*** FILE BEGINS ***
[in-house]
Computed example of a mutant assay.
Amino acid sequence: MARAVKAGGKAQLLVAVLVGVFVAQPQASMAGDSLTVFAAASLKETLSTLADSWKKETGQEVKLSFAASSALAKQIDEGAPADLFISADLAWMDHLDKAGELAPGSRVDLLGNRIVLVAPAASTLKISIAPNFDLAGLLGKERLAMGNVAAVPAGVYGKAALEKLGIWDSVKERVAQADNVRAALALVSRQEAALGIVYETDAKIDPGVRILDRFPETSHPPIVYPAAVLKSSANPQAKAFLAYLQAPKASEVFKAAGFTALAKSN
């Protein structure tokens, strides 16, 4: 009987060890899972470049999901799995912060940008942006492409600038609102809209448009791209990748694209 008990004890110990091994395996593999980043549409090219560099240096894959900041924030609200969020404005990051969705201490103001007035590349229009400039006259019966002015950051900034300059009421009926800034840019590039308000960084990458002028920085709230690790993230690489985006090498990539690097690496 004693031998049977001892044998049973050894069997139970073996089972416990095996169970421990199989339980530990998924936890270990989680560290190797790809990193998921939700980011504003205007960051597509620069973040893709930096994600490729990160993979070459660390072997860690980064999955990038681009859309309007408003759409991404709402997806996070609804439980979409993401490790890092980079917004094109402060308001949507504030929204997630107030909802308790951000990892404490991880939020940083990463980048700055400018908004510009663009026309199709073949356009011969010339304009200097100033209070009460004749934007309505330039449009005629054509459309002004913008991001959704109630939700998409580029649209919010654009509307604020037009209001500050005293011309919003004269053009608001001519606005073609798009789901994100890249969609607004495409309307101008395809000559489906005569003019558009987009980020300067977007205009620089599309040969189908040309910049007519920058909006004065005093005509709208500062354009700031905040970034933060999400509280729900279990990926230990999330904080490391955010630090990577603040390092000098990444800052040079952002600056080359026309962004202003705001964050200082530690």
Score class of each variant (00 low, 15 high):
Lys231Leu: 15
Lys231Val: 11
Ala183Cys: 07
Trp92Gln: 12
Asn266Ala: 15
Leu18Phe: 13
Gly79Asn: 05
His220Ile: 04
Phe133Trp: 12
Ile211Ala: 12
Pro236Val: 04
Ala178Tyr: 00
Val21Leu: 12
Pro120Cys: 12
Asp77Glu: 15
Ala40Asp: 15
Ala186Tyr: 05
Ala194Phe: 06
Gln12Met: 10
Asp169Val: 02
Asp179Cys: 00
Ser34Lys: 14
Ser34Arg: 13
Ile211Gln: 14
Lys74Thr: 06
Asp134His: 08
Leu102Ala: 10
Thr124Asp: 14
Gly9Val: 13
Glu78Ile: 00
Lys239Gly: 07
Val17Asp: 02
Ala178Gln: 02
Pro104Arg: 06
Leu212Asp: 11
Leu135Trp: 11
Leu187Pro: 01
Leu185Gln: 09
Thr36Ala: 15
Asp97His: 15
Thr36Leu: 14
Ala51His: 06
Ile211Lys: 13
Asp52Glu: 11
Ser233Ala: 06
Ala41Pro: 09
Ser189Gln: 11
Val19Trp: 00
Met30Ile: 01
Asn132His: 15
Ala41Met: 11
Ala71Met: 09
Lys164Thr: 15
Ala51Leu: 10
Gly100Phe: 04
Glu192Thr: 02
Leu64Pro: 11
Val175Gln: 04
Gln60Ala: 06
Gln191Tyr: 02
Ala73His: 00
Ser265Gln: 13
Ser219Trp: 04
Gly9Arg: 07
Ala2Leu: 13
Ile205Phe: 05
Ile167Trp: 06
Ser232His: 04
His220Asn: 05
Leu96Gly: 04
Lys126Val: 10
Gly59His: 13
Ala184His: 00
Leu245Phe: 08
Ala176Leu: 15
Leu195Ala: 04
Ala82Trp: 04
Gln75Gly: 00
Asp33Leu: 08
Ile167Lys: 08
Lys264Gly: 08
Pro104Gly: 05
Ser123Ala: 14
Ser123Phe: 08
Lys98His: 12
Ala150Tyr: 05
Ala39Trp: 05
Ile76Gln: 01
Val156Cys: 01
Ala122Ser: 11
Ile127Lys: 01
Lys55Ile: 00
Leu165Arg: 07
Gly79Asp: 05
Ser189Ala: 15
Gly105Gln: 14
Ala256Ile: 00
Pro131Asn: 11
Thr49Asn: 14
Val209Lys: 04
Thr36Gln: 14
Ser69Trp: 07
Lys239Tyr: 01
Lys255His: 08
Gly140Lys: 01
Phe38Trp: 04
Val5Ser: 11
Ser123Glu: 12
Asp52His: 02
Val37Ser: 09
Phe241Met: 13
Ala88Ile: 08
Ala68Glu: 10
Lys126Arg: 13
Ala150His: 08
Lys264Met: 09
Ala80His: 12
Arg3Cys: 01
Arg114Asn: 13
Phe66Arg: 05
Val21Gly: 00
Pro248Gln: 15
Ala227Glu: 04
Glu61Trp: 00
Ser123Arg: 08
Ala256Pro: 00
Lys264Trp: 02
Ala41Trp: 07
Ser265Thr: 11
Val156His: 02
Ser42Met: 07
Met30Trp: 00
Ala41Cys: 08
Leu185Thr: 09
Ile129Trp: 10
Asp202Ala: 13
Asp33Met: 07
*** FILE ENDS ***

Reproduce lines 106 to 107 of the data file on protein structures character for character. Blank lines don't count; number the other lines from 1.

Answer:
Thr36Gln: 14
Ser69Trp: 07